(e) that in countries where it is considered preferable to have a special organisation for accident insurance and prevention completely independent of the inspectorate, the special officers of such organisations should be guided by the foregoing principles.

III. Organisation of Inspection

A. Organisation of the Staff

8. That, in order that the inspectors may be as closely as possible in touch with the establishments which they inspect and with the employers and workers, and in order that as much as possible of the inspectors' time may be devoted to the actual visiting of establishments, they should be localised, when the circumstances of the country permit, in the industrial districts.
9. That, in countries, which for the purposes of inspection are divided into districts, in order to secure uniformity in the application of the law as between district and district and to promote a high standard of efficiency of inspection, the inspectors in the districts should be placed under the general supervision of an inspector of high qualifications and experience. Where the importance of the industries of the country is such as to require the appointment of more than one supervising inspector, the supervising inspectors should meet from time to time to confer on questions arising in the divisions under their control in connection with the application of the law and the improvement of industrial conditions.
10. That the inspectorate should be placed under the direct and exclusive control of a central State authority and should not be under the control of or in any way responsible to any local authority in connection with the execution of any of their duties. 11. That, in view of the difficult scientific and technical questions which arise under the conditions of modern industry in connection with processes involving the use of dangerous materials, the removal of injurious dust and gases, the use of electrical plant and other matters, it is essential that experts having competent medical, engineering, electrical or other scientific training and experience should be employed by the State for dealing with such problems.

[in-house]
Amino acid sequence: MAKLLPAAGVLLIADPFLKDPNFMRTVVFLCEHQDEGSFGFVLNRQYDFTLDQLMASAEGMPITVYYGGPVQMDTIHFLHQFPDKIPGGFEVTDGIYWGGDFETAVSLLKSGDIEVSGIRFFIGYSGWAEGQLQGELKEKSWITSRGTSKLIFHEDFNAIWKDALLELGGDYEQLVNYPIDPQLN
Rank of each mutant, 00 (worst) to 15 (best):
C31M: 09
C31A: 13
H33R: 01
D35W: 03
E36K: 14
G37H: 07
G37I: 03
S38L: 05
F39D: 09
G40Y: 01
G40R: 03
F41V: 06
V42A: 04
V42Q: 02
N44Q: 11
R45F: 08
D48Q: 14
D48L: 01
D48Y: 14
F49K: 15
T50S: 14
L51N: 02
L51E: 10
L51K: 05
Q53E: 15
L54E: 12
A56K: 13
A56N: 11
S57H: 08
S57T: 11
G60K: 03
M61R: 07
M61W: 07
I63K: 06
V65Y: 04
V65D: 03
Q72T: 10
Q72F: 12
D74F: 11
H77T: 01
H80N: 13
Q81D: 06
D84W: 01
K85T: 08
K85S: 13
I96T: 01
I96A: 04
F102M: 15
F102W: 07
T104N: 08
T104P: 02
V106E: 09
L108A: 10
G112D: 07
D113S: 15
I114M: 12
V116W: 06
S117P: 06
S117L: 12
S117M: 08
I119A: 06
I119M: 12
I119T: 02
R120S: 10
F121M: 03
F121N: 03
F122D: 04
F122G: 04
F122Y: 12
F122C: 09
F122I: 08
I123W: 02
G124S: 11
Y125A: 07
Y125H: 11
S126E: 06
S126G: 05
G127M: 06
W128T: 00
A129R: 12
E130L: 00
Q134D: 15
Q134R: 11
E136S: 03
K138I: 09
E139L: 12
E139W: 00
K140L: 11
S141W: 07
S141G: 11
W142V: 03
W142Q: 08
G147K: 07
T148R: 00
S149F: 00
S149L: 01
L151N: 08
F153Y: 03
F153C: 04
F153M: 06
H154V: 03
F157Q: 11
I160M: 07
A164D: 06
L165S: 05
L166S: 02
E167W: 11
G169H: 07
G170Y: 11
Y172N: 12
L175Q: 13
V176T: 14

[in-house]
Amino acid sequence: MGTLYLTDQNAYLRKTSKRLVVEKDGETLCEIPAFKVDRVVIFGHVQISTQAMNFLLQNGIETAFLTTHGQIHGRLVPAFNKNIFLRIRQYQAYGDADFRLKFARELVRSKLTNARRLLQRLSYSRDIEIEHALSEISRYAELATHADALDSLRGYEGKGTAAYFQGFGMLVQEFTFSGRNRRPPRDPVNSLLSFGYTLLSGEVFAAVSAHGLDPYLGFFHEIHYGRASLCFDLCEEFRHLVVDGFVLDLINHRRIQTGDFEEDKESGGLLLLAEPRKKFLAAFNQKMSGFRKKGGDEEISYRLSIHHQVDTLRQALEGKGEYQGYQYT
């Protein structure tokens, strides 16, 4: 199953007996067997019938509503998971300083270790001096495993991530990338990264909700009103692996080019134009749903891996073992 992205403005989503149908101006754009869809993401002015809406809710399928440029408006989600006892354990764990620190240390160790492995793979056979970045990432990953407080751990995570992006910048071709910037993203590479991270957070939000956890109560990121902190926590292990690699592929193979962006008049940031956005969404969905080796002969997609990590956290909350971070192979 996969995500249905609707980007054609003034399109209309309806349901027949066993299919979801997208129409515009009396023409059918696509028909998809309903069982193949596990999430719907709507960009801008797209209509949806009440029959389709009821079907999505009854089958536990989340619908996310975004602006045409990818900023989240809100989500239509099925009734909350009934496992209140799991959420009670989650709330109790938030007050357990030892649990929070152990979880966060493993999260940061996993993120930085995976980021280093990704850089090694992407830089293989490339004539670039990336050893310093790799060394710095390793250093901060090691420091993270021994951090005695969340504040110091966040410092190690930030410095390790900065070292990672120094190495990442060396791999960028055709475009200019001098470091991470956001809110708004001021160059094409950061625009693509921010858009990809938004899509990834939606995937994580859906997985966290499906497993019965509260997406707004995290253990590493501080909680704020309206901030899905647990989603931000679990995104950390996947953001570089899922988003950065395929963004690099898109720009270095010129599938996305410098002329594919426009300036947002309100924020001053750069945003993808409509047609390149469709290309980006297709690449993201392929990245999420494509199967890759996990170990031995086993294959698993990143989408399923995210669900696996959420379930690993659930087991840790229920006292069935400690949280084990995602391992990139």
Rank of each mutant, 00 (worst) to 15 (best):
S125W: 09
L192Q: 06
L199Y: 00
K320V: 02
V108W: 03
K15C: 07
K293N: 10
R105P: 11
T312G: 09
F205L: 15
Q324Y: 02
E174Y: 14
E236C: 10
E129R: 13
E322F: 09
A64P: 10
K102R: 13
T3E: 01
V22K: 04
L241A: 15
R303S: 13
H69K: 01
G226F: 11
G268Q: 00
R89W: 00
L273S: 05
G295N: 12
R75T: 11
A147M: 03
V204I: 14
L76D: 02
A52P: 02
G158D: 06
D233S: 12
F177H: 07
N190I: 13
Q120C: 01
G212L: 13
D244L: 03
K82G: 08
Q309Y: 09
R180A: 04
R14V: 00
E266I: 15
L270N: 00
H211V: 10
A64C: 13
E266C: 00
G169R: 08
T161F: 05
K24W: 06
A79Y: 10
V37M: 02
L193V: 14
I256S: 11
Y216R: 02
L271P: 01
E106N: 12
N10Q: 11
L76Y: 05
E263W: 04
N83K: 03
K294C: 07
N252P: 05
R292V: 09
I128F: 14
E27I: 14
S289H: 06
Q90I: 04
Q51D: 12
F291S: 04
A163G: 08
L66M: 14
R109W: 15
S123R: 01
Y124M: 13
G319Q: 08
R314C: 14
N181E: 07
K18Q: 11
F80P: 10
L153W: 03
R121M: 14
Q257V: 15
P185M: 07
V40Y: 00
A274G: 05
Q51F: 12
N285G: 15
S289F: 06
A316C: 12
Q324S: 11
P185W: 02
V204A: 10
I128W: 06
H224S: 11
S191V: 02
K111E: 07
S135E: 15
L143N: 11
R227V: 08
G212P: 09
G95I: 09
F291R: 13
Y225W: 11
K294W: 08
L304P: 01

12. That, in conformity with the principle contained in Article 41 of the Constitution of the International Labour Organisation, the inspectorate should include women as well as men inspectors; that, while it is evident that with regard to certain matters and certain classes of work, inspection can be more suitably carried out by men, as in the case of other matters and other classes of work inspection can be more suitably carried out by women, the women inspectors should in general have the same powers and duties and exercise the same authority as the men inspectors, subject to their having had the necessary training and experience, and should have equal opportunity of promotion to the higher ranks. (Note: This Paragraph refers to the Constitution of the International Labour Organisation prior to its amendment in 1946. The Constitution as amended in 1946 contains no specific reference to the participation of women inspectors in the work of the inspectorate. See, however, Article 8 of the Labour Inspection Convention, 1947 (No. 81).)

B. Qualifications and Training of Inspectors